Well now, this is an interesting development. Visa Canada is partnering with a very savvy company in the States called Borderlinx. It provides Canadians with a US shipping address, so that we can order at any online store in the States and ship it to the Borderlinx address. Borderlinx will then ship it up to us in Canada.
Living in Yellowknife, this holds very promising possibilities! In fact, it holds possibilities for anyone without easy access to the likes of Banana Republic (my clothing store of choice), Restoration Hardware, Zappos shoes and a whole lot of other shops. These are just two of the stores which only ship to US addresses via online shopping.
If it wasn’t for Visa’s involvement I would have assumed this was a fly-by-night operation – I pay for the goods, they collect them, and resell them or something. So I contacted Visa’s eCommerce rep and got the following responses from Stephanie Wallat:
Q: Does VISA have any estimate of how many Canadian online shoppers want to purchase from US online vendors, but can’t because the vendor doesn’t ship to Canada? (ie. how big of a problem is borderlinx solving for us)?
According to research by Burak Jacobs on on behalf of Visa in October 2008, the main barrier to shopping at US sites is “Sites that do not ship to Canada” -(38%) . The next reason was shipping costs at 25%.
The same research showed that 62% of respondents indicated they are shopping at US sites – what we don’t know, however, is how many more would, if the sites they targeted would ship to Canada.
With that many shoppers facing the barrier of shipping, this gap presented an opportunity for Visa to provide more value to its cardholders by offering a solution like Borderlinx .
Q: If I had discovered Borderlinx on my own, my guard would be up. I’ve always assumed there was Some Reason the US Vendor didn’t ship, other than their inconvenience, such as international trade agreements/tariffs etc. The fact that VISA is partnering gives Borderlinx credibility to me – enough so that I’ll personally try using it if the price/exchange rate is favourable enough to compensate for the shipping/taxes etc. Can VISA confirm that US online vendors don’t ship to Canada purely for their own logistical reasons, rather than because doing so violates anything per above?
We can’t speak on behalf of retailers, but from what we understand in talking to US retailers, it is more a case of logistics than compliance (although in some cases, it may be that the merchant’s goods are not accepted in Canada – the Borderlinx website provides some examples of prohibited goods).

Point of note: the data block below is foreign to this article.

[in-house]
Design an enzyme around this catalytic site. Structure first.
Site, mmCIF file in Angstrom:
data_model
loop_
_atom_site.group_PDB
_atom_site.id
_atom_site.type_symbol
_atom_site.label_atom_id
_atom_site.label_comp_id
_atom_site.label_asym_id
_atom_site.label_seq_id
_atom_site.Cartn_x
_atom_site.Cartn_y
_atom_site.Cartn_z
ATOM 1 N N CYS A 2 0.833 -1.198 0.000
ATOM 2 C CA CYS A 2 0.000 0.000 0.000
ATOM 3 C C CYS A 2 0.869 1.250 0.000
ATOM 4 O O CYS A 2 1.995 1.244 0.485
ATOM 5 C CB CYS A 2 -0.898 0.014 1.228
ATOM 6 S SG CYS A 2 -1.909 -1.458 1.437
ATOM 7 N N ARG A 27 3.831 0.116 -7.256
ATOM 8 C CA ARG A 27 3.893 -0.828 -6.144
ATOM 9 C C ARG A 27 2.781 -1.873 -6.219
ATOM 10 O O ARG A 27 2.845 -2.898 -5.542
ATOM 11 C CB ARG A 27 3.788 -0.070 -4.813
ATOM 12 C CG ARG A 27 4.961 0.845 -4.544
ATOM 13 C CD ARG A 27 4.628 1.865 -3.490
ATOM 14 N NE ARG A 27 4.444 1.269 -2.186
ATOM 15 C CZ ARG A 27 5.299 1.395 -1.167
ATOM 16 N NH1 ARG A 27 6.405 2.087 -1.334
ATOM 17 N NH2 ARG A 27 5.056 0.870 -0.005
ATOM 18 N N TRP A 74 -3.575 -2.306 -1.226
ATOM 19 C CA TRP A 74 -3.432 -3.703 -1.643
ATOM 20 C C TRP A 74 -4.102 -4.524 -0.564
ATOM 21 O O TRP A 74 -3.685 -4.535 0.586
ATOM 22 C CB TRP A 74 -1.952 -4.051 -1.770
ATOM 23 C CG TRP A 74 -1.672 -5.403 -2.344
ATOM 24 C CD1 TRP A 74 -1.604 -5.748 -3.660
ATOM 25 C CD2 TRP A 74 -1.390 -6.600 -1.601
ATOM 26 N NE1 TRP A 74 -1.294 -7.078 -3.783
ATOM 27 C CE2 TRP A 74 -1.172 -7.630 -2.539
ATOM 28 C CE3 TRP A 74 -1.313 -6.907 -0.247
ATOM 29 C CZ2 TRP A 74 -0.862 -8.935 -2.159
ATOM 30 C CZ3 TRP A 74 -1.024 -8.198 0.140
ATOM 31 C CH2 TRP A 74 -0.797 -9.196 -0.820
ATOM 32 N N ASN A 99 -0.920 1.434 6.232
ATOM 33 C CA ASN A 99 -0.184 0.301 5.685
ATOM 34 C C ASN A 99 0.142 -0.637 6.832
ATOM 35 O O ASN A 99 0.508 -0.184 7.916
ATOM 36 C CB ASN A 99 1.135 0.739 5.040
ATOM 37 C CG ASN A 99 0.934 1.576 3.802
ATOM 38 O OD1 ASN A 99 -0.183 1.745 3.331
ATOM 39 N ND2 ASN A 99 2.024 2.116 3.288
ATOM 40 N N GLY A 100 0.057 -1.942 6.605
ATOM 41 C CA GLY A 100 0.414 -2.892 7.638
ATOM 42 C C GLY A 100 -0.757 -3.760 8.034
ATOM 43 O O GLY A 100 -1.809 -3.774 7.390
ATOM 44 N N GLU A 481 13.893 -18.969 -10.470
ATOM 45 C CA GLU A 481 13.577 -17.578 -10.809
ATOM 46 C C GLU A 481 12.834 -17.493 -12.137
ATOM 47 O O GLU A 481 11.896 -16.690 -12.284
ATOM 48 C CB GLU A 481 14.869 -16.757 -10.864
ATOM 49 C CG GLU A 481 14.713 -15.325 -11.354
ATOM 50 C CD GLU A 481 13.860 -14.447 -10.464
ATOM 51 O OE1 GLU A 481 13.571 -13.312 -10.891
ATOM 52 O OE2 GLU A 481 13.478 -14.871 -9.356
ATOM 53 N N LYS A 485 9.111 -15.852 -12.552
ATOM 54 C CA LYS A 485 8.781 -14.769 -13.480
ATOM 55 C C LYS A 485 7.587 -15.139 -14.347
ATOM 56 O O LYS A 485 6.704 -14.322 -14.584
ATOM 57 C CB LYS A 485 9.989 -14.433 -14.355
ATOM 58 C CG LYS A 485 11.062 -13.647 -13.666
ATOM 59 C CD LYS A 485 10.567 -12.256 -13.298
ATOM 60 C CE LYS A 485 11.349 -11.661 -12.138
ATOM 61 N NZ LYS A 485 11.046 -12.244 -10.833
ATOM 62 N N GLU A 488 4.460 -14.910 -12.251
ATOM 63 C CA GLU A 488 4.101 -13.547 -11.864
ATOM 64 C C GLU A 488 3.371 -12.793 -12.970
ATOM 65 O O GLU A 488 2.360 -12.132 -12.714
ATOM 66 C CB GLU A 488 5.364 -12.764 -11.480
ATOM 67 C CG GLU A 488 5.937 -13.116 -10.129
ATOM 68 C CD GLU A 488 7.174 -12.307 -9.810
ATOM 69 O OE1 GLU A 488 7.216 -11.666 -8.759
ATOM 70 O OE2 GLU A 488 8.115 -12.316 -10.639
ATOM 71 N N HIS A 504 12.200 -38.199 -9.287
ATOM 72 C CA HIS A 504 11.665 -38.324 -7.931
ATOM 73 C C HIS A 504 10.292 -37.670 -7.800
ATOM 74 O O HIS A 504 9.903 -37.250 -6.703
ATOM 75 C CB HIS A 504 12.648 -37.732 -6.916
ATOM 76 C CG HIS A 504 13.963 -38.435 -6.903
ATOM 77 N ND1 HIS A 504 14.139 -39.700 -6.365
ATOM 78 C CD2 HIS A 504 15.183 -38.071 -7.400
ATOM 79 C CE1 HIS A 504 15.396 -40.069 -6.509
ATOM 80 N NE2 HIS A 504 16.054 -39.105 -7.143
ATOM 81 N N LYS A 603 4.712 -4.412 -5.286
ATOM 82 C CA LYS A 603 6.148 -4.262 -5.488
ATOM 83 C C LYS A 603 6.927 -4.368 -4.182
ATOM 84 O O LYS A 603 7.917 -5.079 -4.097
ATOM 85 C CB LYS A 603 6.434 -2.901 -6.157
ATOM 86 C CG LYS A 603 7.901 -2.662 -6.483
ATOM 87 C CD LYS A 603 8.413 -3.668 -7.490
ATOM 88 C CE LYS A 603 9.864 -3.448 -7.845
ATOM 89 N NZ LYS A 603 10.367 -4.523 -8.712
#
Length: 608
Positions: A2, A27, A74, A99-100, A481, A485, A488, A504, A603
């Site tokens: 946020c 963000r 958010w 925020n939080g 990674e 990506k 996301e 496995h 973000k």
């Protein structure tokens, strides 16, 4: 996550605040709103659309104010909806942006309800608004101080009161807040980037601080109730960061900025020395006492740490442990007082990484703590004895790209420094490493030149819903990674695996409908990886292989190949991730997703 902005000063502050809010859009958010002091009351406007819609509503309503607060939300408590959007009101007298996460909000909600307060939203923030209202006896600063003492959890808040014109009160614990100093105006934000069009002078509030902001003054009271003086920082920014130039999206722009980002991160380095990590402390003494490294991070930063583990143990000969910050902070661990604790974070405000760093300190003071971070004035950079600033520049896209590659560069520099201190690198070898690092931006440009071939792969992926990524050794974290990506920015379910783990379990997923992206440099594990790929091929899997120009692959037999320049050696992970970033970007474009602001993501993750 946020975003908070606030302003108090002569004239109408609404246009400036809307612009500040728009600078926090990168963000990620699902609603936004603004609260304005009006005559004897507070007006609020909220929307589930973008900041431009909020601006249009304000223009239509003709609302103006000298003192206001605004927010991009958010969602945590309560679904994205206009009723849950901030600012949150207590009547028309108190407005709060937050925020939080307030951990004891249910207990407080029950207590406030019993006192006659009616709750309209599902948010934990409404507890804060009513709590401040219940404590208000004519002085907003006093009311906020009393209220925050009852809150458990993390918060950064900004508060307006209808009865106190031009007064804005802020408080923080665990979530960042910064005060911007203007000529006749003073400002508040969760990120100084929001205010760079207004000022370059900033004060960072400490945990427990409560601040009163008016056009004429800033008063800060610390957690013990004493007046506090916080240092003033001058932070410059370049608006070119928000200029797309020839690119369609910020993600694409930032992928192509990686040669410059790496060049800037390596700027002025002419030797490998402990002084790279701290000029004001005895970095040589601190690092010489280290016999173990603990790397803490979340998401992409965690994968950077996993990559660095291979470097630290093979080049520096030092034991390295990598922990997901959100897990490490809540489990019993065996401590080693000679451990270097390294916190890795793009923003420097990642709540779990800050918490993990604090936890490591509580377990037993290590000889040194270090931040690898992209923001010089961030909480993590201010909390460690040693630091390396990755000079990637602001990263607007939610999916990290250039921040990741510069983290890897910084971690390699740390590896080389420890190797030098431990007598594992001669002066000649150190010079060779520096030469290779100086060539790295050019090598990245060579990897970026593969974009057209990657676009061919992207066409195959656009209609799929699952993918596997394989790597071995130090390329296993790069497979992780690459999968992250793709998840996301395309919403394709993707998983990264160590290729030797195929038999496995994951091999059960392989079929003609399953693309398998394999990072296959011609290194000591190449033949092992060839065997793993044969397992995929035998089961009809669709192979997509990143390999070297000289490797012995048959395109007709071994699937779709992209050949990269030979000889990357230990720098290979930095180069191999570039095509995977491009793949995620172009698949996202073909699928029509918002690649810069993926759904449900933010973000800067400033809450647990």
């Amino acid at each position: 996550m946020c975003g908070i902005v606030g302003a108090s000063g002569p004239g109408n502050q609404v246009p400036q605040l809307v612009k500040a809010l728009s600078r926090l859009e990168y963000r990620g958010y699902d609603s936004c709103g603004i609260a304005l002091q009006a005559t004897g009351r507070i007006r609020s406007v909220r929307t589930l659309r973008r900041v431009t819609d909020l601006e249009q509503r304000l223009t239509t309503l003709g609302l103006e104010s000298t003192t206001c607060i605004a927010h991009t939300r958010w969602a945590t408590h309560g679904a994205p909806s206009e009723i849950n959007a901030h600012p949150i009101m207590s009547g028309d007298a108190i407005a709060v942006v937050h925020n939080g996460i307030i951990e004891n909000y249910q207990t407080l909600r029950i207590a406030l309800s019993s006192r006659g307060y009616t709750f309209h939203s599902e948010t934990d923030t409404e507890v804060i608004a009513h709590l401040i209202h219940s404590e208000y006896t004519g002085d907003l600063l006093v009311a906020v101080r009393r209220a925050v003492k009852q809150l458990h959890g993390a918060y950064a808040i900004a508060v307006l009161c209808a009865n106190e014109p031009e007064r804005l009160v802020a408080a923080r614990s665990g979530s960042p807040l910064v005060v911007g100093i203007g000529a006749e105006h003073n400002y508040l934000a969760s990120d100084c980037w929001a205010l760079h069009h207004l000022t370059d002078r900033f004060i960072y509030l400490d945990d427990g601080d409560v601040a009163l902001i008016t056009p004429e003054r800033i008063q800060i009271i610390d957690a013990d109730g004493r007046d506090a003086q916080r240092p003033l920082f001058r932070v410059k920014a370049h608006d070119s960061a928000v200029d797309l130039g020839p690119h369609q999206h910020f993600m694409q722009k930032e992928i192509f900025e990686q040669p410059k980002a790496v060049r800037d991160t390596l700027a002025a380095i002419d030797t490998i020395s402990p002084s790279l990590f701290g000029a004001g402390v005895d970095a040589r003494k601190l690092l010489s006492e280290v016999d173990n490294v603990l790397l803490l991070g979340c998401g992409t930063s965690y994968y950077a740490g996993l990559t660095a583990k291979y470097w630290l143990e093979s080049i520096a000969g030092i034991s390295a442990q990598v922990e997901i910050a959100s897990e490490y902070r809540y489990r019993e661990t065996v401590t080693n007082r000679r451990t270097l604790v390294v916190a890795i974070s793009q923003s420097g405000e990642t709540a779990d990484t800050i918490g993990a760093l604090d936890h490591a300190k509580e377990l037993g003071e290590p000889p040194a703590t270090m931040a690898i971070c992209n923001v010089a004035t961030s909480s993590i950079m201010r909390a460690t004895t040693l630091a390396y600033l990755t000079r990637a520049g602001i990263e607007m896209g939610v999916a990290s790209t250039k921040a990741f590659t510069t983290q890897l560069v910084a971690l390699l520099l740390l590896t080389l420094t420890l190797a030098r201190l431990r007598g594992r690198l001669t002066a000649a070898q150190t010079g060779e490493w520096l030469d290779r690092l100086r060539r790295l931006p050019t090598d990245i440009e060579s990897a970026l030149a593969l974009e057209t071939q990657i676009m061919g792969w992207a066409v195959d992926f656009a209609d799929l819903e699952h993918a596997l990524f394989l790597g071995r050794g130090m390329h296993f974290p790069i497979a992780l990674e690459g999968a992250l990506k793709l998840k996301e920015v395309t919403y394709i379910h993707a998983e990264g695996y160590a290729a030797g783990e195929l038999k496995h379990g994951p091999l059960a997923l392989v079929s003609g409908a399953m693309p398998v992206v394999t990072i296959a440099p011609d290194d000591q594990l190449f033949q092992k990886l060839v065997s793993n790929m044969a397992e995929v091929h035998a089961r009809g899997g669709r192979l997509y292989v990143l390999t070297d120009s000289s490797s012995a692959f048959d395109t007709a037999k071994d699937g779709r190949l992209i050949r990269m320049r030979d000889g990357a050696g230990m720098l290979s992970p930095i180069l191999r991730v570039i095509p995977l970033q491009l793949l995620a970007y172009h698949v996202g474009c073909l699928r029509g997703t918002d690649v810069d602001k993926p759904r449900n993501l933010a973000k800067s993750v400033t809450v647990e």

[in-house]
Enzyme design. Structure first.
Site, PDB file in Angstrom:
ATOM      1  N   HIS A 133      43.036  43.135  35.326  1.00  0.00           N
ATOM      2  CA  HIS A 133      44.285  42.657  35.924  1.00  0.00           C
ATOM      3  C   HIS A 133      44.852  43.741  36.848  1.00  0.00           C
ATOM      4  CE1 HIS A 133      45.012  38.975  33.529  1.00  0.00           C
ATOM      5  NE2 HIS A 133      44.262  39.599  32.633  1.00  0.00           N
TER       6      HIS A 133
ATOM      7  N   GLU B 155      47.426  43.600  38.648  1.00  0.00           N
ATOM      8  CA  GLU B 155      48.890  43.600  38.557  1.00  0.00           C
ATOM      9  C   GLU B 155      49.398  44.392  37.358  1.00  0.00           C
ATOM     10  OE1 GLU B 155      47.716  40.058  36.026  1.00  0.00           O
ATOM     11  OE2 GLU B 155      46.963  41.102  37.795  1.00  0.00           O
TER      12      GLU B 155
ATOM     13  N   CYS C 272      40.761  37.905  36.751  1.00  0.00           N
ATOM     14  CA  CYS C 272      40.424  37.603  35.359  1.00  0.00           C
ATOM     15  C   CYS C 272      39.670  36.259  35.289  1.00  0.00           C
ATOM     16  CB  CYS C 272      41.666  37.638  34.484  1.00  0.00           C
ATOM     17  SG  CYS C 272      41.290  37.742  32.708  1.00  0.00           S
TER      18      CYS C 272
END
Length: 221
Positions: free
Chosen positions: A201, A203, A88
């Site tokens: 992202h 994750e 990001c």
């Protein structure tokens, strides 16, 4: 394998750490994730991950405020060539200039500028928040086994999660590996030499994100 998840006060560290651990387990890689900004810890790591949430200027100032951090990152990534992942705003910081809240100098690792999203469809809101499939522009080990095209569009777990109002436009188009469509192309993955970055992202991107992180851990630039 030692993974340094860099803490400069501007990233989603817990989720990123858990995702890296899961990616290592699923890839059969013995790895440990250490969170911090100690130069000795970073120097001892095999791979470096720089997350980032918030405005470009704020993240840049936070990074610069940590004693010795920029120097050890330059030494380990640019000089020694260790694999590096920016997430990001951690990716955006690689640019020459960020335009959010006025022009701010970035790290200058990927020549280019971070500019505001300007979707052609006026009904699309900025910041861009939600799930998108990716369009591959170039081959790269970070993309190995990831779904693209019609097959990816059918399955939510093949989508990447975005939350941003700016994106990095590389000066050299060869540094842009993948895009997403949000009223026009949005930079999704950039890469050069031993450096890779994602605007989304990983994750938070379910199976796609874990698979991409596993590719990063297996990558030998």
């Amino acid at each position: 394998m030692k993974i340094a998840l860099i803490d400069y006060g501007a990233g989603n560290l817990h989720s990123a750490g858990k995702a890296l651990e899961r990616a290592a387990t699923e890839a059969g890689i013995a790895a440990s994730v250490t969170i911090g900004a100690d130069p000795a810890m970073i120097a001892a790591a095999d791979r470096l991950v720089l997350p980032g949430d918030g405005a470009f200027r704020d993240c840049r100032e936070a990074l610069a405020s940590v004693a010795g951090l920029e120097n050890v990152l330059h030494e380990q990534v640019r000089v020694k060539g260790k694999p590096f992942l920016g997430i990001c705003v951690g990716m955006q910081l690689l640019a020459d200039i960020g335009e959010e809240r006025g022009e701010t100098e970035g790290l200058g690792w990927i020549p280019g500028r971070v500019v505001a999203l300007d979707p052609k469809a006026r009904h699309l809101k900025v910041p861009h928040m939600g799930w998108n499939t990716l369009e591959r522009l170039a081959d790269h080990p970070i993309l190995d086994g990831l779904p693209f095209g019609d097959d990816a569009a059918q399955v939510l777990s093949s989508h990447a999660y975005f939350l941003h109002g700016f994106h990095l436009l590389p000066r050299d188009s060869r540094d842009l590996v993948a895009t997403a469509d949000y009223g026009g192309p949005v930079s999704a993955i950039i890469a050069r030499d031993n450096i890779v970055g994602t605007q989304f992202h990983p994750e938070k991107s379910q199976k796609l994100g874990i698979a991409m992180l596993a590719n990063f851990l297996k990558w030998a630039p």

Shipping outside of the US can involve considerable effort, especially for the smaller retailers. To be successful, retailers need to understand the new market, have the internal resources and organizational structure to support cross border, be able to handle the fulfillment/logistics, know the government/regulatory/legal requirements of each market, etc.
Visa is working with third parties like Borderlinx to fill the cross border gap and enable its cardholders to shop anywhere in the world.
Q: Do Visa guarantees about damages of goods purchased apply to items that go through Borderlinx? (I’m actually unclear about those guarantees, but I think VISA replaces items that break or get damaged, if purchased by visa?)
In general, if a Visa cardholder makes an online purchase that arrives damaged, the first step is to contact the merchant. The Visa E-promise acts as another avenue for dispute resolution should attempts to deal directly with the merchant fail.
Borderlinx inspects packages and will alert a customer if the package is damaged (details below).
Carriers selected by Borderlinx insure deliveries against damage up to $100. Borderlinx is working to provide its customers with additional coverage, and will be able to provide more information about that soon.
From the Borderlinx site:
If your goods are damaged when they are received by Borderlinx, the email advising you of a new delivery to your Borderlinx address will explain that goods were received damaged and – as far as possible – describe the damage. You should then contact the retailer directly to arrange an exchange/refund and let us know what you wish to do through the Customer Service page.
If you see a ‘Damaged’ icon against your delivery, you will not be able to have it shipped (ensuring that you don’t choose to receive damaged goods inadvertently). If you still want to receive your goods, please contact Borderlinx Customer Service so that we can arrange shipment.”
This money coach plans to test this out in the fall, and I’ll let you know how it goes. It will take some careful calculations, factoring in the exchange rate, the tarrifs, and the shop prices but I’m really pleased to have at least the option available to me.